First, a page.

2801 Sharon Turnpike; P.O. Box AB Millbrook NY 12545-0129, USA
Dr. Groffman's research focuses on microbial processes in an ecosystem context. His objectives are to gain insight into 1) the role that microorganisms play in ecosystem functions related to nutrient cycling, water and air quality and soil carbon storage and 2) environmental regulation of microbes. Developing conceptual and practical ecosystem contexts for this work has required a large number of study sites and strong collaborations with other scientists.
Earthworms effect microbial nitrogen cycling and ecosystem nitrogen retention. Earthworm invasion of north temperate forests will have large consequences for nutrient retention and uptake in these ecosystems.
In the northern hardwood forests in New Hampshire we are analyzing how soil freezing events cause root and microbial mortality, which can lead to increased rates of N and P mineralization and loss.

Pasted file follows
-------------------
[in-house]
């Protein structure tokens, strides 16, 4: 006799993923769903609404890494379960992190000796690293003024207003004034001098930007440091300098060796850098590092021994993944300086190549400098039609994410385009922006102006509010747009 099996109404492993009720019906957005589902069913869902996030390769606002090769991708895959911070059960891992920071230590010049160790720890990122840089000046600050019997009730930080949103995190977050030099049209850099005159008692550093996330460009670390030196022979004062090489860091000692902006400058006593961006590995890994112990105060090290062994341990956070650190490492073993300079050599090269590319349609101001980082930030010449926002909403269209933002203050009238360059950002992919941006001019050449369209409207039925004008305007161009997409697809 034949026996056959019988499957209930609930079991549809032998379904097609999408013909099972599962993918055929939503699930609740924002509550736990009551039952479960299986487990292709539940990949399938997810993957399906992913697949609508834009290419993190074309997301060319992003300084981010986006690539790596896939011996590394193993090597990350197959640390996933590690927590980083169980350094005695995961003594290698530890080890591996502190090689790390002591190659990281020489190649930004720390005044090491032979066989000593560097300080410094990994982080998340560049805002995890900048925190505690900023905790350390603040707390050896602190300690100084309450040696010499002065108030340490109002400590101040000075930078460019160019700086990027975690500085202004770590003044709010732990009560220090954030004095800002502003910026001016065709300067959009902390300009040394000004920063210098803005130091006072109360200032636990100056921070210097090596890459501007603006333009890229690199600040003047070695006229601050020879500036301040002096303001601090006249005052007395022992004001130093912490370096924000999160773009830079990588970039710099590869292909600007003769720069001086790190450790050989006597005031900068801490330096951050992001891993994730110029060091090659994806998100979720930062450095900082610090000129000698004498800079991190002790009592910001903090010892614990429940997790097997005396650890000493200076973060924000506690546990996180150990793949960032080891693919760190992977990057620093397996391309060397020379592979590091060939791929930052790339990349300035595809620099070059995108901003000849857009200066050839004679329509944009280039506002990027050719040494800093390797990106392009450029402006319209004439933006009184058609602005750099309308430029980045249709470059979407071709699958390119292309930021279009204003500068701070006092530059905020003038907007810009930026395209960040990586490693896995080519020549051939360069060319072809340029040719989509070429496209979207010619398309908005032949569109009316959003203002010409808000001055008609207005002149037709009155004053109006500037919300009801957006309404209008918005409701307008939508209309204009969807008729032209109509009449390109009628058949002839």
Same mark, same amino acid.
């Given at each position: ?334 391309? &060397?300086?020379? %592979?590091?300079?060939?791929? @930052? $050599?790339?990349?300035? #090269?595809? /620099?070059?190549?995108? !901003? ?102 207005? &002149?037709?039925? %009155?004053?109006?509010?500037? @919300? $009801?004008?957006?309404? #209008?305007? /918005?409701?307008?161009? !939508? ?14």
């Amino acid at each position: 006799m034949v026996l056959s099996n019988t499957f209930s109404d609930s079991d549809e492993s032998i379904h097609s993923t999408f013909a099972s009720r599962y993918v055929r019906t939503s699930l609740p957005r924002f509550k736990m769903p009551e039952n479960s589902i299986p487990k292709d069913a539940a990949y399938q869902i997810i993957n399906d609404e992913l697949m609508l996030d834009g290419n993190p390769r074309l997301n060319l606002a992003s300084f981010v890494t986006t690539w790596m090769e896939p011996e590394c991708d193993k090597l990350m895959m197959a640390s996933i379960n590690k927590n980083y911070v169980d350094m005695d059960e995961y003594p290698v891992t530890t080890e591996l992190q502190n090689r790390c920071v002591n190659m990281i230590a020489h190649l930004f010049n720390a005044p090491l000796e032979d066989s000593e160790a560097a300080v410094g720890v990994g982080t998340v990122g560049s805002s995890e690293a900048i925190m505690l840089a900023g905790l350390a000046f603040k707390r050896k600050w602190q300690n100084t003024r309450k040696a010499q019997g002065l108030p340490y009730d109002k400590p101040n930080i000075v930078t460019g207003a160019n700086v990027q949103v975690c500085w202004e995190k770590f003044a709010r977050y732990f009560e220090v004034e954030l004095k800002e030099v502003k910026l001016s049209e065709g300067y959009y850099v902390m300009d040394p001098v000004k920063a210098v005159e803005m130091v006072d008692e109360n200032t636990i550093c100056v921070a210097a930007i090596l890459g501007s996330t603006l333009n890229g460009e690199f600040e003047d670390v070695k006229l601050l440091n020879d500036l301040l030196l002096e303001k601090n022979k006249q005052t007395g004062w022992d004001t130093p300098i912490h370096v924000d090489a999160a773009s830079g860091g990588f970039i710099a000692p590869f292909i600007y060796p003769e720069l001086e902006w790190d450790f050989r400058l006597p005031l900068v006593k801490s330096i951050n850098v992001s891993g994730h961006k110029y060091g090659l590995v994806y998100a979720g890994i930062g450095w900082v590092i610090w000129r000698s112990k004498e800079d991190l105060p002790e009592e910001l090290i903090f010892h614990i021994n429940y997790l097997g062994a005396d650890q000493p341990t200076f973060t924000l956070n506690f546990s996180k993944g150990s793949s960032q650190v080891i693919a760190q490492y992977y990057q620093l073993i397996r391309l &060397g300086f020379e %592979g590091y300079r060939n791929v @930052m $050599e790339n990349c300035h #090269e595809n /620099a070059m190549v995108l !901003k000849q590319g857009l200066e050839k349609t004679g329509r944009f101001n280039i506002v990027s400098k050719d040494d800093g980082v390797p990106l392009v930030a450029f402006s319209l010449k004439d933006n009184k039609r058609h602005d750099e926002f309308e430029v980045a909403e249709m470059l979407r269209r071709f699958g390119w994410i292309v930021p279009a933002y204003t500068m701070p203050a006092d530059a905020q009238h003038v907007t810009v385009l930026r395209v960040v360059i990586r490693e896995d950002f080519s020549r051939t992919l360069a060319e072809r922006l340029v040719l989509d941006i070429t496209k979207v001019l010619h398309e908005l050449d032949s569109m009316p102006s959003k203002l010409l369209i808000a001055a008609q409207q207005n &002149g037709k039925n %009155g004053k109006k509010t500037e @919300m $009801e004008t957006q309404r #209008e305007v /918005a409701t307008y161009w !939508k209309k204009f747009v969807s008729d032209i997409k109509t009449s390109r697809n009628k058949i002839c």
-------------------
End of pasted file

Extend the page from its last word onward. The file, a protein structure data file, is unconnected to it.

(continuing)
The Cary Institute has taken a lead role in developing a program aimed at understanding urban ecosystems, one of Earth's fastest growing environments.
We are analyzing how changes in soil base status can influence microbial physiology, organic matter quality, and microbial activity in northern hardwood forests at Hubbard Brook.
A result of urban land use change is homogenization across cities, where neighborhoods in very different parts of the country have similar patterns of roads and other features.
Most people pay attention to climate change in the summer, when faced with heat waves, hurricanes, and severe thunderstorms. In the northeast, climate warming is actually more marked in the winter, and the loss of snow cover can have a ripple effect on tree growth and groundwater recharge.
Despite their familiarity, earthworms are an invasive species in America's northern temperate forests. They arrived in the mid-1800s, with the arrival of European settlers.
Microbial ecologist Peter Groffman consults with NatGeo's David Rees who is looking to design a perfect hole and wants to know what kind of dirt he needs to make it.
Cary Institute of Ecosystem Studies | Millbrook, New York 12545 | Tel (845) 677-5343